The Cambridge History of English and American Literature in 18 Volumes (1907–21).
Volume X. The Age of Johnson.
§ 9. Other Contributions to the Magazine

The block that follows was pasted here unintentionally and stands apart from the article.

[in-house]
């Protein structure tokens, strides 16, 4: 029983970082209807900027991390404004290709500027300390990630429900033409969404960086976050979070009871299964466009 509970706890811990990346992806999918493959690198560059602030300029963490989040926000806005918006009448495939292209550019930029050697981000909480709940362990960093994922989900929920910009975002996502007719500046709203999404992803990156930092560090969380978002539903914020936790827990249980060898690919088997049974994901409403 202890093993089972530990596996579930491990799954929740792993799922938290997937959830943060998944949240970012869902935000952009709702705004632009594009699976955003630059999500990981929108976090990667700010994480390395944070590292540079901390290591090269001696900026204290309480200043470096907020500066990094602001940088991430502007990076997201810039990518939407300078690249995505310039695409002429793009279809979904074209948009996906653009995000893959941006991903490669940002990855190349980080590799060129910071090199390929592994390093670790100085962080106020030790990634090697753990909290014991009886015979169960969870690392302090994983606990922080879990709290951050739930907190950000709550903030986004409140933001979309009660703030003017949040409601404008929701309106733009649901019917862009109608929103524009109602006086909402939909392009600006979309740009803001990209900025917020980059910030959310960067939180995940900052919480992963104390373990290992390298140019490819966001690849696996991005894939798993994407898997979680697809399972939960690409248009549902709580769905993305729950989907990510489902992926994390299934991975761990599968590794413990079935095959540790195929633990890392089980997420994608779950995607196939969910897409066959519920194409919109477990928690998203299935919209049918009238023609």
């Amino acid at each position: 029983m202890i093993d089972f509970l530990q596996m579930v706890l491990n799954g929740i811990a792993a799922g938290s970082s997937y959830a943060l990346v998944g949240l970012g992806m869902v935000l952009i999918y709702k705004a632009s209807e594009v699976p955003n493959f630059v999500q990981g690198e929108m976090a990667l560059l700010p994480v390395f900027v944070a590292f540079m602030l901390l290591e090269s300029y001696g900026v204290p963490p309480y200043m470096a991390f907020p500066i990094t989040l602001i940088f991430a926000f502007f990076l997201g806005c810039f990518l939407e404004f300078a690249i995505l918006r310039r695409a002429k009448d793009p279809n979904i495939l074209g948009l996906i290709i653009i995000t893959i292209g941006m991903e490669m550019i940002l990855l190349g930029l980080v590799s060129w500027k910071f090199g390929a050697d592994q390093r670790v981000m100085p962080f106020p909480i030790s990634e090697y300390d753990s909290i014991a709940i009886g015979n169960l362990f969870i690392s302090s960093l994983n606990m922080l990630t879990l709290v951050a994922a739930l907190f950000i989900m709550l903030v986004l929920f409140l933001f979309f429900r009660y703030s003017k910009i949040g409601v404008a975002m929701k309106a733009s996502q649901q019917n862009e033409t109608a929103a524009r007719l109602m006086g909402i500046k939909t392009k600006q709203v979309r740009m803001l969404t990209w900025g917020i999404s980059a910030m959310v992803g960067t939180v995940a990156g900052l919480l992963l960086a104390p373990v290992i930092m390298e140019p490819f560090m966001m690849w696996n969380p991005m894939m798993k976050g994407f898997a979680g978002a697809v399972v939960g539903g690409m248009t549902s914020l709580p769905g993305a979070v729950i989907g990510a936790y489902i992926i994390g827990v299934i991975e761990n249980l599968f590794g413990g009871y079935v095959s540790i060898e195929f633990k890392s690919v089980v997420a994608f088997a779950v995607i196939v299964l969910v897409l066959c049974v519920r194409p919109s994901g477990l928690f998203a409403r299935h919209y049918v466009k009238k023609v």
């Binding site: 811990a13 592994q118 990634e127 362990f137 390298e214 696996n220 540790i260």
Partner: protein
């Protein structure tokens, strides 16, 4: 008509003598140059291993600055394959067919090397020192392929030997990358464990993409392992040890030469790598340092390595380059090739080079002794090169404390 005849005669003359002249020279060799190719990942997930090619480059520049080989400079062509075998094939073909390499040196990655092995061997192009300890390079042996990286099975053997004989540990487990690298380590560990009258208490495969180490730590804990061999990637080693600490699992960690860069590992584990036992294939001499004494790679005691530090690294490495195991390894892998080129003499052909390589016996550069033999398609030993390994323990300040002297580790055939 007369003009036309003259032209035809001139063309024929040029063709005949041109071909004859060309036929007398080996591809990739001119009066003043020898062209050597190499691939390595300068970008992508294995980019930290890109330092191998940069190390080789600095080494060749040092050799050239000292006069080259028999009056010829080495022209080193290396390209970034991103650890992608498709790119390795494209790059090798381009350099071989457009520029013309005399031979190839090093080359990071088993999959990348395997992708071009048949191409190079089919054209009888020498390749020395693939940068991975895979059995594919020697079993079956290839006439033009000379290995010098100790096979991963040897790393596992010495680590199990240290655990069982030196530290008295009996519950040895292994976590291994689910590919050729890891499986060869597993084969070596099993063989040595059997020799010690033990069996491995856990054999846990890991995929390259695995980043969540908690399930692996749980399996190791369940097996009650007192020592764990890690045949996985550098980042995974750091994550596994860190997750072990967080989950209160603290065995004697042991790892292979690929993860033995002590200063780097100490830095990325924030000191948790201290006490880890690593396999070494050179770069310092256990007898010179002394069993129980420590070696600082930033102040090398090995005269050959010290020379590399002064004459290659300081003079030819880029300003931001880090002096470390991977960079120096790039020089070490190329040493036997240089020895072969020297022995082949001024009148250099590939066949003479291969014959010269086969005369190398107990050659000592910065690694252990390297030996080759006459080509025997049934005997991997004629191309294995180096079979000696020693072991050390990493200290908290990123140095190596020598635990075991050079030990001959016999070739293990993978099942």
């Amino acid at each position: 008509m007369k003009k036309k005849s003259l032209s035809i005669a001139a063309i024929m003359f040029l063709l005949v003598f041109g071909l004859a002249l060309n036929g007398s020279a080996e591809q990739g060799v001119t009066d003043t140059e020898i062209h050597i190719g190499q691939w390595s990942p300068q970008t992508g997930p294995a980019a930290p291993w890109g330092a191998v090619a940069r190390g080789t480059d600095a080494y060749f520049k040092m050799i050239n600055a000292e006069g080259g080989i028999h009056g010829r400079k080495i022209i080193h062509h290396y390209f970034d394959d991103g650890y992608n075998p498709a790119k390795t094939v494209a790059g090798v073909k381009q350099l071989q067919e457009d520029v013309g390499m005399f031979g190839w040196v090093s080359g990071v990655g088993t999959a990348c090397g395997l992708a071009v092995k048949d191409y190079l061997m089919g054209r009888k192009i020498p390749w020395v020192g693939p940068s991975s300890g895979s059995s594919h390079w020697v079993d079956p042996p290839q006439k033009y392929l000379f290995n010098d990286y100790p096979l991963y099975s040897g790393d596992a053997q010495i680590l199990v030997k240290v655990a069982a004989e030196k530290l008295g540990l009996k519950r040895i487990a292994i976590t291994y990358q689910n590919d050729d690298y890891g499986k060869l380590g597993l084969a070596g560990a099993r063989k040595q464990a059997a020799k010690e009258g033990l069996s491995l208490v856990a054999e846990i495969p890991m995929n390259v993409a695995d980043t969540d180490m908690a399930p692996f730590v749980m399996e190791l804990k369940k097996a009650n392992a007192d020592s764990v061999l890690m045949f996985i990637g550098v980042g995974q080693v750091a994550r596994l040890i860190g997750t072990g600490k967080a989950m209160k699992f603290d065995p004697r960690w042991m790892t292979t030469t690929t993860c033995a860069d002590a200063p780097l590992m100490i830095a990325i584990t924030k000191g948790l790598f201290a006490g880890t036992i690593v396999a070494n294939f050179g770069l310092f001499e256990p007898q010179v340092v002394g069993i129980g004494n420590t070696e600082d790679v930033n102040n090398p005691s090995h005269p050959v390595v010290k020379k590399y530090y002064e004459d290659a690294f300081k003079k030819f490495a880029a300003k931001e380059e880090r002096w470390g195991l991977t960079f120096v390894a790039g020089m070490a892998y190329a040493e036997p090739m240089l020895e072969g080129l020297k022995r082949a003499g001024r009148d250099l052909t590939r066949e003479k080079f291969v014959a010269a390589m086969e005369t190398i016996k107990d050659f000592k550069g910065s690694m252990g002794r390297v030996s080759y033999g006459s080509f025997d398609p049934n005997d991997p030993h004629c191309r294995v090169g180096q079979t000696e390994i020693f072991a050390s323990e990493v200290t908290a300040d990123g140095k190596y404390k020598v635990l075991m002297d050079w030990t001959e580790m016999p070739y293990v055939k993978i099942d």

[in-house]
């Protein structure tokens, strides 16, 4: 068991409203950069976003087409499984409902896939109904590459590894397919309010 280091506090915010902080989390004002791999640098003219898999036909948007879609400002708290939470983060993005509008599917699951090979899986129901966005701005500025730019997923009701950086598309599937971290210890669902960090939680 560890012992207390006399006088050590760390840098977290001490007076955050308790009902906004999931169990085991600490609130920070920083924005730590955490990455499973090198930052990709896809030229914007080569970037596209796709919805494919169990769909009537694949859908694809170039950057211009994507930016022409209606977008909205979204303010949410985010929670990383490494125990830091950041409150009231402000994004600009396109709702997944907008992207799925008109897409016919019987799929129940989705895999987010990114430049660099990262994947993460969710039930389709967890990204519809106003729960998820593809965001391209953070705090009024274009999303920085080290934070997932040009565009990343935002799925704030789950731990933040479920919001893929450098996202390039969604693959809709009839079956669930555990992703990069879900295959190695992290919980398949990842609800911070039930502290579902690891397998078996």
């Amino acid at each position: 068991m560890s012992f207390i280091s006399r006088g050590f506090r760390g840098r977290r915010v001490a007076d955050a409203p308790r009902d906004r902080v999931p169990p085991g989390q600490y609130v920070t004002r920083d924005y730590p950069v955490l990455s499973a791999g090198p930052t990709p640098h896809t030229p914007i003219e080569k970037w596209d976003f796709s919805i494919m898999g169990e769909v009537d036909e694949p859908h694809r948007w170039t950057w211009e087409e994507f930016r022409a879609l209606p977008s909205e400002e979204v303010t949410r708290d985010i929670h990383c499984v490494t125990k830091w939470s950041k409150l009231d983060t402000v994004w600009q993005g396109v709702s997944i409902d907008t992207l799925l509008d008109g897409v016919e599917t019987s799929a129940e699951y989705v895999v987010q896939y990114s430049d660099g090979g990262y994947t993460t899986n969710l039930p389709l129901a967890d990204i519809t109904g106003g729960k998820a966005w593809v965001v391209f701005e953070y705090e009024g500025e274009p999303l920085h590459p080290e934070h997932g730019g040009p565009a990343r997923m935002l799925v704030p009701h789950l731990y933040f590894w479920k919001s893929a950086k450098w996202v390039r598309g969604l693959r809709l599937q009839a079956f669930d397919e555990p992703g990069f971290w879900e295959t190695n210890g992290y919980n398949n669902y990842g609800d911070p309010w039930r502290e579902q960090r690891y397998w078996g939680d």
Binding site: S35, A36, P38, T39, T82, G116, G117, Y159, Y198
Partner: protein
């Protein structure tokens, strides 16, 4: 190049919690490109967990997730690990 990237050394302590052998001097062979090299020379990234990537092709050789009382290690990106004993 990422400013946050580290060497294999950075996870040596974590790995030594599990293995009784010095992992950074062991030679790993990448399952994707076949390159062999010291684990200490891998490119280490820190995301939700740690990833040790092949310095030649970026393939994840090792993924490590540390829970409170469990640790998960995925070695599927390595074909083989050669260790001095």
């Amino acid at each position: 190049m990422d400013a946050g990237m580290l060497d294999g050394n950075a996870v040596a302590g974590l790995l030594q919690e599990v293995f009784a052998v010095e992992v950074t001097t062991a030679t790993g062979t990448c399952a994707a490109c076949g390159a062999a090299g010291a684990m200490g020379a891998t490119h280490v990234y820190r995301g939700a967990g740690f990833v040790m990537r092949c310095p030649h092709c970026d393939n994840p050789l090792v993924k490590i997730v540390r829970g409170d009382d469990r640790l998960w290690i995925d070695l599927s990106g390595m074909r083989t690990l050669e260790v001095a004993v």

The extent of his other contributions cannot easily be determined. We have often only the evidence of style to guide us, and his editorial privileges make it difficult to apply. It is very doubtful, for instance, if the short notice, in November, 1739, of the poems of Joseph Warton and Collins printed in the previous number is, as Wooll states in his Memoirs of Warton, the work of Johnson. Our best authority is Boswell, but his list is only tentative. We know that he wrote the biographies of Sarpi, Boerhaave, Blake, Drake, Barretier, Lewis Morin, Burmann and Sydenham; and there are other articles about which there can be no reasonable doubt. The amount of his writing varies greatly from month to month. In the number for December, 1740, which contains his Essay on Epitaphs, most of the original contributions are his; in other numbers, we cannot safely ascribe to him more than the debates. The question of authorship has never been examined thoroughly; but, even with the help of Cave’s office books, there would be obstacles to a conclusive finding. In addition to his work for Cave, he had brought out, with other publishers, Marmor Norfolciense (April, 1739), an ironical discussion, with a political bearing, on the supposed discovery of a prophecy in “monkish rhyme,” and A Compleat Vindication of the Licensers of the Stage (May, 1739), an ironical attack on the rejection of Brooke’s Gustavus Vasa. Continued irony is rarely successful. Johnson did not try it again.